Initially, it was a campaign that materialised into a union later. Now our focus is not just MGNREGA. When a group of people join us from any village, they become part of our union. We work for everything that they are denied.
Be it police atrocities, caste atrocities, land issues for the landless labourers, the struggle for home state land, atrocities on women, child marriage, our ambit has expanded now. Every challenge coming in the way of a poor household becomes our issue.
Q: What do you think the success and failure in MGNREGA implementation are?
AR: During a pandemic, the government put in extra money. MGNREGA budget increased from ₹60,000 crores to ₹1.05 lakh crores. Why was it done? Because such schemes reach the poor effectively. The parliament criticised MGNREGA once.
Our PM once said that he would like to keep MGNREGA as a monument of the previous government’s failure. He then allocated a huge amount to it during the pandemic. That itself speaks about the effectiveness of the schemes. It was a U-turn.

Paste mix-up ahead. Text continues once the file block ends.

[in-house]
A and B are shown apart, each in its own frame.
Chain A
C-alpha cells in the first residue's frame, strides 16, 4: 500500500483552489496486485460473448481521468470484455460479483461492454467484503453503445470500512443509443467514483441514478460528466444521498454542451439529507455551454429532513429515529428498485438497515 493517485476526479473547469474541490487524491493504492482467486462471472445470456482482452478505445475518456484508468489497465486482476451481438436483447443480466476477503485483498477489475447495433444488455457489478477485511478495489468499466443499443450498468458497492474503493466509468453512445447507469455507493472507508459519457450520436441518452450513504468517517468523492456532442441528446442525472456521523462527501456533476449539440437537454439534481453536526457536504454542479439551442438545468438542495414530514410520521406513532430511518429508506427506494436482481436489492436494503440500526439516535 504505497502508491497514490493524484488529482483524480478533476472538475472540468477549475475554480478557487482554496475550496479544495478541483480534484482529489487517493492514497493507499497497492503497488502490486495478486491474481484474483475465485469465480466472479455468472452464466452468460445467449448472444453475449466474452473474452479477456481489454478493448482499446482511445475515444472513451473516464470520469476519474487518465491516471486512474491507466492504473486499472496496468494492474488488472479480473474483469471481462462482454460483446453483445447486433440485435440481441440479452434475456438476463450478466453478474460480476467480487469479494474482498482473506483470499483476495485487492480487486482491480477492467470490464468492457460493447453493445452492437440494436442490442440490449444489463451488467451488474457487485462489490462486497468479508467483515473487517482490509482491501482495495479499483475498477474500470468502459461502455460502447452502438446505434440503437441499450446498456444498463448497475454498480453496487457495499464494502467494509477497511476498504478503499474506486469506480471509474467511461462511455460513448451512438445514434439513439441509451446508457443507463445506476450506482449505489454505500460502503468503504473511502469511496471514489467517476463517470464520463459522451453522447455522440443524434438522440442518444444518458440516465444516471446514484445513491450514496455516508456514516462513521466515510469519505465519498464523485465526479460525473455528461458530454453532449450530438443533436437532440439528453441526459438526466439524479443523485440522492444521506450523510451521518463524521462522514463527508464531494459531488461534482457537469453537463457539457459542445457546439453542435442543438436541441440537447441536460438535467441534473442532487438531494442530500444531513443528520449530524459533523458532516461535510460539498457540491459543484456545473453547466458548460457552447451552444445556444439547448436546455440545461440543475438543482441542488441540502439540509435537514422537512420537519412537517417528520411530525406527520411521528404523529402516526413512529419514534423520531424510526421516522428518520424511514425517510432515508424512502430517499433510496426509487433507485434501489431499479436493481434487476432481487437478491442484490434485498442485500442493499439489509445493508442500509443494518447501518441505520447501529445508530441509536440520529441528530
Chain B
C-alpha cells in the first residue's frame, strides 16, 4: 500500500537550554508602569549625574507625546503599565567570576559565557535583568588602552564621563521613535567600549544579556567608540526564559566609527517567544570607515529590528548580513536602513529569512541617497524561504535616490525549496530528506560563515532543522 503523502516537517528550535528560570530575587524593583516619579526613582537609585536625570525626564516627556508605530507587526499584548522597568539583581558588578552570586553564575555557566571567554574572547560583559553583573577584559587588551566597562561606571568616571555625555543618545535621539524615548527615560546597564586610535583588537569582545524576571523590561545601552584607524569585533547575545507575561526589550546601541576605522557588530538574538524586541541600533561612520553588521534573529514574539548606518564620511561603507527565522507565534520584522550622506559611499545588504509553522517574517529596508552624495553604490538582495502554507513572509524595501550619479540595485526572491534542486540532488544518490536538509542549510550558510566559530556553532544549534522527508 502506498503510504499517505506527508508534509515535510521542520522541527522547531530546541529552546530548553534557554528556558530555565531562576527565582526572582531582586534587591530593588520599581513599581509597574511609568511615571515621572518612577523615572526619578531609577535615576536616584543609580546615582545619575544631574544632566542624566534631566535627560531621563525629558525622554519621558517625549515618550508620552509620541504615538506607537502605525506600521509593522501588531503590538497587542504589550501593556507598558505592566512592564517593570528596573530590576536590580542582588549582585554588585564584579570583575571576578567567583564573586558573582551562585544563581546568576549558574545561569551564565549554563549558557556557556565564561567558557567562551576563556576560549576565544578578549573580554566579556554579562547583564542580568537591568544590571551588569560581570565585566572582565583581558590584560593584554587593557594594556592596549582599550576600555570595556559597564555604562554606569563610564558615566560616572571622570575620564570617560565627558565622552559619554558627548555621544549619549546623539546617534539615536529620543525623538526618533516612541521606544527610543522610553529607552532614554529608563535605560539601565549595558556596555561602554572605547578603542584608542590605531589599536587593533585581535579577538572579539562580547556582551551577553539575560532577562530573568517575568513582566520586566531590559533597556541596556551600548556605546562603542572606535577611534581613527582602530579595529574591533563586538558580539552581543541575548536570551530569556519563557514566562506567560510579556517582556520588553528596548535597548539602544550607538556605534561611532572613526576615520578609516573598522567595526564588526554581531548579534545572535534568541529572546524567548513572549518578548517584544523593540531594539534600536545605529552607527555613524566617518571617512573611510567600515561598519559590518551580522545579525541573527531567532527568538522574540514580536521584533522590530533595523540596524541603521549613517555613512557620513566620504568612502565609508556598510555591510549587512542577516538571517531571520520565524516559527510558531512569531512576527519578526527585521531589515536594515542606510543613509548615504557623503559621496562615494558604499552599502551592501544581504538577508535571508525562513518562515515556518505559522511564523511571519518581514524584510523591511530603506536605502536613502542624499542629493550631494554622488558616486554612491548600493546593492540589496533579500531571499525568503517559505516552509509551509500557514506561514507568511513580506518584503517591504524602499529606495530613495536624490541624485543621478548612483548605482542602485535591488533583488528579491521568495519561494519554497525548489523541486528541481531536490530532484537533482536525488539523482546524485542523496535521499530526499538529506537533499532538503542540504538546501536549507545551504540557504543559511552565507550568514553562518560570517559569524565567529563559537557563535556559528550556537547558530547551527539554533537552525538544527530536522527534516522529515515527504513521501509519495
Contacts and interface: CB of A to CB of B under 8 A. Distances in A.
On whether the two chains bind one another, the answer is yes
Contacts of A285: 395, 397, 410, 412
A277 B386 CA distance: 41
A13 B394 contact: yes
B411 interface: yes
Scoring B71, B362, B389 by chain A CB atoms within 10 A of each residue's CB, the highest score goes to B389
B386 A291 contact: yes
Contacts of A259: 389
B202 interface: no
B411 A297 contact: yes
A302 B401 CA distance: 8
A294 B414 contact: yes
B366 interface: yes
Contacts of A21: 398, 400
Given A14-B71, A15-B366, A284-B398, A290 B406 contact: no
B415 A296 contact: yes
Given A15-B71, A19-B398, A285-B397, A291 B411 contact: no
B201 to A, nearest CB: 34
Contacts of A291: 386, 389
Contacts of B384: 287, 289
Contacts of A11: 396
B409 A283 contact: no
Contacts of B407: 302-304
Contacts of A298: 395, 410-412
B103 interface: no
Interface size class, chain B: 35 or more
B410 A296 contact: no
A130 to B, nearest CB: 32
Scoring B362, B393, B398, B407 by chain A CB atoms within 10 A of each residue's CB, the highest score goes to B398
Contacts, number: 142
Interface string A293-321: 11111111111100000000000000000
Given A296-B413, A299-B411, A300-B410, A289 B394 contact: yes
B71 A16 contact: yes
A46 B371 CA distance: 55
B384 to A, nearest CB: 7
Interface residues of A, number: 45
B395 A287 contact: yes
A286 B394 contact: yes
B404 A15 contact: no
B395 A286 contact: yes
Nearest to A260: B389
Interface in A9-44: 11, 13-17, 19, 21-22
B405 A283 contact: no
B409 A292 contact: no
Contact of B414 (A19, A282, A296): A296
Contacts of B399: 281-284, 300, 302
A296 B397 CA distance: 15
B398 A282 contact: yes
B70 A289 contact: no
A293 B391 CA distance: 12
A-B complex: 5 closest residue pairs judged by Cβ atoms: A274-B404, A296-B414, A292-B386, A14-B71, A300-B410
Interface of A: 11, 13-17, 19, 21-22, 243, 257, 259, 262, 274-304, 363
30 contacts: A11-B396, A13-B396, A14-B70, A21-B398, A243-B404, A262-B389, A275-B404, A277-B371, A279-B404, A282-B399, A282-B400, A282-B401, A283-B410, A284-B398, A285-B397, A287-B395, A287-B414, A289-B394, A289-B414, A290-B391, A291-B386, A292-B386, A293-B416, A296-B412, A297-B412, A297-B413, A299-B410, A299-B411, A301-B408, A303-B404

MGNREGAs performance is not satisfactory because people, on average, get work for 45 days against 100 days which is stated in the law. Some of the problems are structural in nature. At the micro-level, if 50 labourers are interested in getting work, it is impossible for the Panchayat to give them all 100 days of work. Just promising to provide work is easy but making work accessible is not.
Structural problems in the implementation make it inefficient. The budget is also inefficient. Statutory minimum wages are ₹290 in Bihar and for MNREGA, it is ₹198. This gap is a failure.
Flood prone areas, dry states, unavailability of public land limits the ability. No timely payments to workers is another issue. For months, they wait to get paid.
Q: How do you spread awareness and encourage labourers to raise their voices?
AR: We politicise our people to make progress. Where do we want to go as a society and as a country? Why are we collectivising? Why are we forming a union? What should the government’s policies be? What should the taxation policy be? What should the labour policy be? What should the wages be?